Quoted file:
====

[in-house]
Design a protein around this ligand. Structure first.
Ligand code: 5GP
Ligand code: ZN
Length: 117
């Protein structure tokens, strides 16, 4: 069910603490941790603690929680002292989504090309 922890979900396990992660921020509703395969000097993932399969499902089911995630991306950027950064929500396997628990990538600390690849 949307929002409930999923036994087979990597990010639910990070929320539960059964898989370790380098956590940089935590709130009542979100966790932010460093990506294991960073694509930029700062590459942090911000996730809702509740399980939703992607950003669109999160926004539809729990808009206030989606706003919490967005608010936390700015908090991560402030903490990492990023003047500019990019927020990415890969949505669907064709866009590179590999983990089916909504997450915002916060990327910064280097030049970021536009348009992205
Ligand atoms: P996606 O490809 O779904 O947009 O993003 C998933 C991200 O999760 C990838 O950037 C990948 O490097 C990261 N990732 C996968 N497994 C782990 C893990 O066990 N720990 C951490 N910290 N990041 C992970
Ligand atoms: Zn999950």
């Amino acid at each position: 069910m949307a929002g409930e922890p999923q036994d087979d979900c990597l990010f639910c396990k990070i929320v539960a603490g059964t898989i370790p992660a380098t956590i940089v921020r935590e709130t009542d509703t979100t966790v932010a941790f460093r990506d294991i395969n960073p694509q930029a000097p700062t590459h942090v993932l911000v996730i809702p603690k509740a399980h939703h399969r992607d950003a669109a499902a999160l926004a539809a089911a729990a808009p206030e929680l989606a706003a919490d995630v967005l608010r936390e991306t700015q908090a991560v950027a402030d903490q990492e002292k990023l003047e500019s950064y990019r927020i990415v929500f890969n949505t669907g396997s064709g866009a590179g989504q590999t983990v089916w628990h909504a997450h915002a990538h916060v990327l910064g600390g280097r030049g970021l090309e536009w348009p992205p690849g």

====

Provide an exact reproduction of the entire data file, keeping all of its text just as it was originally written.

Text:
[in-house]
Design a protein around this ligand. Structure first.
Ligand code: 5GP
Ligand code: ZN
Length: 117
């Protein structure tokens, strides 16, 4: 069910603490941790603690929680002292989504090309 922890979900396990992660921020509703395969000097993932399969499902089911995630991306950027950064929500396997628990990538600390690849 949307929002409930999923036994087979990597990010639910990070929320539960059964898989370790380098956590940089935590709130009542979100966790932010460093990506294991960073694509930029700062590459942090911000996730809702509740399980939703992607950003669109999160926004539809729990808009206030989606706003919490967005608010936390700015908090991560402030903490990492990023003047500019990019927020990415890969949505669907064709866009590179590999983990089916909504997450915002916060990327910064280097030049970021536009348009992205
Ligand atoms: P996606 O490809 O779904 O947009 O993003 C998933 C991200 O999760 C990838 O950037 C990948 O490097 C990261 N990732 C996968 N497994 C782990 C893990 O066990 N720990 C951490 N910290 N990041 C992970
Ligand atoms: Zn999950």
């Amino acid at each position: 069910m949307a929002g409930e922890p999923q036994d087979d979900c990597l990010f639910c396990k990070i929320v539960a603490g059964t898989i370790p992660a380098t956590i940089v921020r935590e709130t009542d509703t979100t966790v932010a941790f460093r990506d294991i395969n960073p694509q930029a000097p700062t590459h942090v993932l911000v996730i809702p603690k509740a399980h939703h399969r992607d950003a669109a499902a999160l926004a539809a089911a729990a808009p206030e929680l989606a706003a919490d995630v967005l608010r936390e991306t700015q908090a991560v950027a402030d903490q990492e002292k990023l003047e500019s950064y990019r927020i990415v929500f890969n949505t669907g396997s064709g866009a590179g989504q590999t983990v089916w628990h909504a997450h915002a990538h916060v990327l910064g600390g280097r030049g970021l090309e536009w348009p992205p690849g």